QObject *, char const *, bool)' cont}}
...lopment/FAQs/Debugging FAQ/21/tr===How do I debug an ioslave?===
...lopment/FAQs/Debugging FAQ/22/trSee [[Development/Tutorials/Debugging/Debugging IOSlaves|debugging ioslaves]]
...lopment/FAQs/Debugging FAQ/23/tr=== Why isn't my signal and slot connection working? ===
...lopment/FAQs/Debugging FAQ/24/trHere are some steps that you can use to troubleshoot why your signal/slot connection is not working (your slot does not get called for some reason).
...lopment/FAQs/Debugging FAQ/25/tr1) Verify that the connect() doesn't print a warning to the console at runtime.
...lopment/FAQs/Debugging FAQ/26/trIf it does, check that you wrote Q_OBJECT, that the parameter names are not in the connect, that the parameter types are compatible, and that the slot is defined, and that the moc was compiled.
...lopment/FAQs/Debugging FAQ/27/tr1b) Or you can just check to see what connect() returns as a bool. Although this won't give you the error message.
2) Verify that the signal is indeed emitted
3) Verify that the receiver isn't already deleted at that time
4) Verify that emitter->signalsBlocked() returns false
...lopment/FAQs/Debugging FAQ/28/tr==KDE 4 specific==
...lopment/FAQs/Debugging FAQ/29/tr===Is there a preferred way to print debug output on stderr?===
...lopment/FAQs/Debugging FAQ/30/trYes, you must use kDebug():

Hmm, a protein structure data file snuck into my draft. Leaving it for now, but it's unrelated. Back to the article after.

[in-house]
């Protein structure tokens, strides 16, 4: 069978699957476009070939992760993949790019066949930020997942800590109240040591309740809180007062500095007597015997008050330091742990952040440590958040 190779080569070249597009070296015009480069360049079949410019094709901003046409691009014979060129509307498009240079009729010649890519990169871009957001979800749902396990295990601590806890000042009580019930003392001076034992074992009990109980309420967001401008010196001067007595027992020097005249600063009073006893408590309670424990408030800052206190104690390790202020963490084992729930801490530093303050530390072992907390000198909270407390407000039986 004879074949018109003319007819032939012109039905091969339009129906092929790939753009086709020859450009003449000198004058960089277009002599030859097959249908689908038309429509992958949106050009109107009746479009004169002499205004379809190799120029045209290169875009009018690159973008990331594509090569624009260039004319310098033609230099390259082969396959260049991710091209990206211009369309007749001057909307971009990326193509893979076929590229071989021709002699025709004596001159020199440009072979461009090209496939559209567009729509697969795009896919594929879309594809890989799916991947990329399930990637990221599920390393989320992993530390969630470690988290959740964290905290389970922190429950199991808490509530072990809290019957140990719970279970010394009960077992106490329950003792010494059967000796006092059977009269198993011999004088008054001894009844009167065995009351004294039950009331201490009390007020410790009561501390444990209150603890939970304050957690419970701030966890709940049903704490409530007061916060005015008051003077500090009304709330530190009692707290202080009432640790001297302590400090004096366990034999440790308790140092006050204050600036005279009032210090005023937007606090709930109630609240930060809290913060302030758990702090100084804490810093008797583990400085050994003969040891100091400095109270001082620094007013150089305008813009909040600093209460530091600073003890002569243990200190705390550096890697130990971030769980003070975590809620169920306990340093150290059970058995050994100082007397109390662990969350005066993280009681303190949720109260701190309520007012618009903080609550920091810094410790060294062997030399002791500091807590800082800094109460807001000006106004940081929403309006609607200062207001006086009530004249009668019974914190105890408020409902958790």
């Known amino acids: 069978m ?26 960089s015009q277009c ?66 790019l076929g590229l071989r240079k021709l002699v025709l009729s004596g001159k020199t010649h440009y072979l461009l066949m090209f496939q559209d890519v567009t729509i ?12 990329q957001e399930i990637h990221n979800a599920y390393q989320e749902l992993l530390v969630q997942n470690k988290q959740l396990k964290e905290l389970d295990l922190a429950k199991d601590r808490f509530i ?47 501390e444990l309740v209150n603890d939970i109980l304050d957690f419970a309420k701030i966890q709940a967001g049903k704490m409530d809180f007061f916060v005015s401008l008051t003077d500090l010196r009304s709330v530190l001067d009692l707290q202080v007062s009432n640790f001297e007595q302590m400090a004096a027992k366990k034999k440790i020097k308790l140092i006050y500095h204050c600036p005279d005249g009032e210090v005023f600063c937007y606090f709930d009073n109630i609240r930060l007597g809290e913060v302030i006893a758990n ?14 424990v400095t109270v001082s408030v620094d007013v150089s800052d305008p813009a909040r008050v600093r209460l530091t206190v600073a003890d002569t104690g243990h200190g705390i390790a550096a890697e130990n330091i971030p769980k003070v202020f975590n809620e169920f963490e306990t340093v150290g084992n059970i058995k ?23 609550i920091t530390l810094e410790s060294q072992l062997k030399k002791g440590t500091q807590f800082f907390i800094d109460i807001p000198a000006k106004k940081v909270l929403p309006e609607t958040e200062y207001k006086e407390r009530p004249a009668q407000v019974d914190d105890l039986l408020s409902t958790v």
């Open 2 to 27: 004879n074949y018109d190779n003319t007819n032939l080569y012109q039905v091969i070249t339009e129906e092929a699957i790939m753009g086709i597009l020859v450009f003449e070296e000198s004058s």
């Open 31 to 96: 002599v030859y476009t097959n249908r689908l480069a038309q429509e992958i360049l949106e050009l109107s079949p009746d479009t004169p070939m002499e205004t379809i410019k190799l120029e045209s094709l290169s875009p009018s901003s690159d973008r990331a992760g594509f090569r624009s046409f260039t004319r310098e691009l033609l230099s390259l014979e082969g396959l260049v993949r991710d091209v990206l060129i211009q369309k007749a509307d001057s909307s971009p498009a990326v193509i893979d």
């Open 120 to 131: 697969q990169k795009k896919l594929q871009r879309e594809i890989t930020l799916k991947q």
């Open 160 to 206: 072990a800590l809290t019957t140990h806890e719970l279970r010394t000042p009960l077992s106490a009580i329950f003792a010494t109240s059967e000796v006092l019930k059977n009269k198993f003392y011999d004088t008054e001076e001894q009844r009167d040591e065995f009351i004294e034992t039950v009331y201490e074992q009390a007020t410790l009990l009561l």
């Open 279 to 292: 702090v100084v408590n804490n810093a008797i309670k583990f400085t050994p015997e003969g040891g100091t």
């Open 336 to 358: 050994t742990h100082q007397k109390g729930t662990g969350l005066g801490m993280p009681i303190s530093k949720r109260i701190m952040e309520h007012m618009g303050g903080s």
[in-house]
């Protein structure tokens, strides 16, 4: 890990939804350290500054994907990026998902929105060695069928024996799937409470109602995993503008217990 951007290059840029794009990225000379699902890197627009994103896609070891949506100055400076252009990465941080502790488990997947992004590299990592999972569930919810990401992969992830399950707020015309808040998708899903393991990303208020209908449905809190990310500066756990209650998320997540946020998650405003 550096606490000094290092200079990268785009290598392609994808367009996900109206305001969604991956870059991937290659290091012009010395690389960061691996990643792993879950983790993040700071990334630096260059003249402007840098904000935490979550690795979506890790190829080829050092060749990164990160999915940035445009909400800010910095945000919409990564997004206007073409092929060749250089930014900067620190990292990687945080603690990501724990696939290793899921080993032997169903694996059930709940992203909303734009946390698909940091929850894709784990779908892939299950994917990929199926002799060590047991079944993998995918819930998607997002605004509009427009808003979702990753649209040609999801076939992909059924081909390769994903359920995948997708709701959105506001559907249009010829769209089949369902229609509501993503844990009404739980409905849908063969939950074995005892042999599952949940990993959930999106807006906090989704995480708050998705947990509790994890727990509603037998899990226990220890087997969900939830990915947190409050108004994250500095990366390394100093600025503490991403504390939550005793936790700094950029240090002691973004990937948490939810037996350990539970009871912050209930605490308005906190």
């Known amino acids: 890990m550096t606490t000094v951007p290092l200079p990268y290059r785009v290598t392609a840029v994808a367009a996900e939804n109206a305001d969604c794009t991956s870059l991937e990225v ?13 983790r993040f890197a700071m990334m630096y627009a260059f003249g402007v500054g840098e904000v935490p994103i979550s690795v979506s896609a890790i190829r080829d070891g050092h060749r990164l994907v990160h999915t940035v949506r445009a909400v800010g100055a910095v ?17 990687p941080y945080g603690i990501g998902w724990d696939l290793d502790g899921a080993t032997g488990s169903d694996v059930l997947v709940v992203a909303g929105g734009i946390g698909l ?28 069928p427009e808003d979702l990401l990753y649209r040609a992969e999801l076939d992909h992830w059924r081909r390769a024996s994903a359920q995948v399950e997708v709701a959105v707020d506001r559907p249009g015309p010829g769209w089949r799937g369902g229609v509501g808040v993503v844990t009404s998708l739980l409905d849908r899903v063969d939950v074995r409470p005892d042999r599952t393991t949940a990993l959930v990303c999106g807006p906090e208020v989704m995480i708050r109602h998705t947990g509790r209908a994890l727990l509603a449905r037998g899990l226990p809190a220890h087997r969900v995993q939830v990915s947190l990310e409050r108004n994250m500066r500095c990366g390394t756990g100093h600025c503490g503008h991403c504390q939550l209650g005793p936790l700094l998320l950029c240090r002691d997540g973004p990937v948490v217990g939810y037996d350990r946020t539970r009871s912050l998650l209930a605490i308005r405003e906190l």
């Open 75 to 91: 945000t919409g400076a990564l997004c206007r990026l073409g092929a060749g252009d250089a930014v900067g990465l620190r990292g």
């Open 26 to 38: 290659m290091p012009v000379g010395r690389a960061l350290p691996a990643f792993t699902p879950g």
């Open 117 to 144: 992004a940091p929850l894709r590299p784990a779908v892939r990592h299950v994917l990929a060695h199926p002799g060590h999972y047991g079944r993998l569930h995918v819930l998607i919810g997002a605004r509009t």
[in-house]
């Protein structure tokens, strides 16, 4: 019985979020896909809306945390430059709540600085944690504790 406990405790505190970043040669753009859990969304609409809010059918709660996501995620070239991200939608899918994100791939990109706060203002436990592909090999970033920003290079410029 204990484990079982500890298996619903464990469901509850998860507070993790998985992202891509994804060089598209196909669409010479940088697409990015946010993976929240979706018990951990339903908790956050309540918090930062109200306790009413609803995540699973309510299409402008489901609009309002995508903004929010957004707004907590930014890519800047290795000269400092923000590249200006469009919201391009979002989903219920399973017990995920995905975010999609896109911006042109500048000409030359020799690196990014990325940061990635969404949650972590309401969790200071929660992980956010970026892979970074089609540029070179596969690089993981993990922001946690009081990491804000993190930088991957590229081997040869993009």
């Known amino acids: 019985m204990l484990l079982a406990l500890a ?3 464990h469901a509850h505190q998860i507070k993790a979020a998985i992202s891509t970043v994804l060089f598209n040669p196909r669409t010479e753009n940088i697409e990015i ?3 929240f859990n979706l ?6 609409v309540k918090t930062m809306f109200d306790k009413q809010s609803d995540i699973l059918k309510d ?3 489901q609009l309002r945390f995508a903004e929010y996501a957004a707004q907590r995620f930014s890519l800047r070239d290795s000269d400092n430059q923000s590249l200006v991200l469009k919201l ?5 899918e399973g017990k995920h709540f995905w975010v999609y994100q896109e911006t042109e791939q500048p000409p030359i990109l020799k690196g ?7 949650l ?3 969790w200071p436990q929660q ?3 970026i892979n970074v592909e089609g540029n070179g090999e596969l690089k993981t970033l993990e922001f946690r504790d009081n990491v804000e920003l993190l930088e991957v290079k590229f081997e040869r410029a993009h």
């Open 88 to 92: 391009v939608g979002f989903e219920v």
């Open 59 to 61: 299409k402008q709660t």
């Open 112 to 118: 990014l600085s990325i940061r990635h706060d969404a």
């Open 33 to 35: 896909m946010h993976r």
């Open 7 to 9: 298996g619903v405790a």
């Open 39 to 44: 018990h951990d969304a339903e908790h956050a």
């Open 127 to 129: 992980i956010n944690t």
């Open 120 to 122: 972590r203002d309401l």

...lopment/FAQs/Debugging FAQ/31/tr<syntaxhighlight lang="cpp-qt">
#include <kdebug.h>
kDebug() << "KMyApp just started"; 
</syntaxhighlight>
...lopment/FAQs/Debugging FAQ/32/trThe syntax is much like cout, you can use many native types between the "<<". This will print out a debugging message, which will automatically be turned off at release time (by <tt>--disable-debug</tt>). In case you want the message to still be there during releases, because it's a warning or an error, use <tt>kWarning()</tt> or <tt>kError()</tt>.
...lopment/FAQs/Debugging FAQ/33/trComponents and libraries are advised to use a debug area number, as in kDebug(1234). For this, the number must be registered in kdelibs/kdecore/kdebug.areas. Debug areas make it possible to turn off or on the debug output for specific area numbers, using the {{program|kdebugdialog}} program, which is part of kdebase. <tt>kdebugdialog --fullmode</tt> also permits to control where to log debug output. It is usually not necessary to register area numbers for standalone applications, unless it's so complex that you want to divide the output into several areas.
...lopment/FAQs/Debugging FAQ/34/trIt is possible to omit the debug area number when calling kDebug by adding the following code to your top-level CMakeLists.txt:
...lopment/FAQs/Debugging FAQ/35/tr<code>
add_definitions(-DKDE_DEFAULT_DEBUG_AREA=XXXX) 
</code>
...lopment/FAQs/Debugging FAQ/36/trFor more information, about this, see [http://www.kdedevelopers.org/node/3171 Allen Winter's blog post].
...lopment/FAQs/Debugging FAQ/37/trTo make it clear: do NOT use <tt>qDebug()</tt>, this one does not get disabled at releases. Also avoid using <tt>assert()</tt> or <tt>kFatal()</tt> which lead to a crash when something goes wrong and that is not a nice experience for the user. Better detect the error, output a <tt>kWarning()</tt> or <tt>kError()</tt>, and recover if possible.
...lopment/FAQs/Debugging FAQ/38/trTo get timestamps with your debug output, which are useful for debugging multi-threaded, networked and asynchronous operations, <tt>export KDE_DEBUG_TIMESTAMP=1</tt> (for format 17:03:24), or <tt>export KDE_DEBUG_TIMESTAMP=2</tt> (for format 17:03:24.123) before running your app. Since KDE SC 4.5.
...lopment/FAQs/Debugging FAQ/39/tr[[Category:FAQs]]
[[Category:Programming]]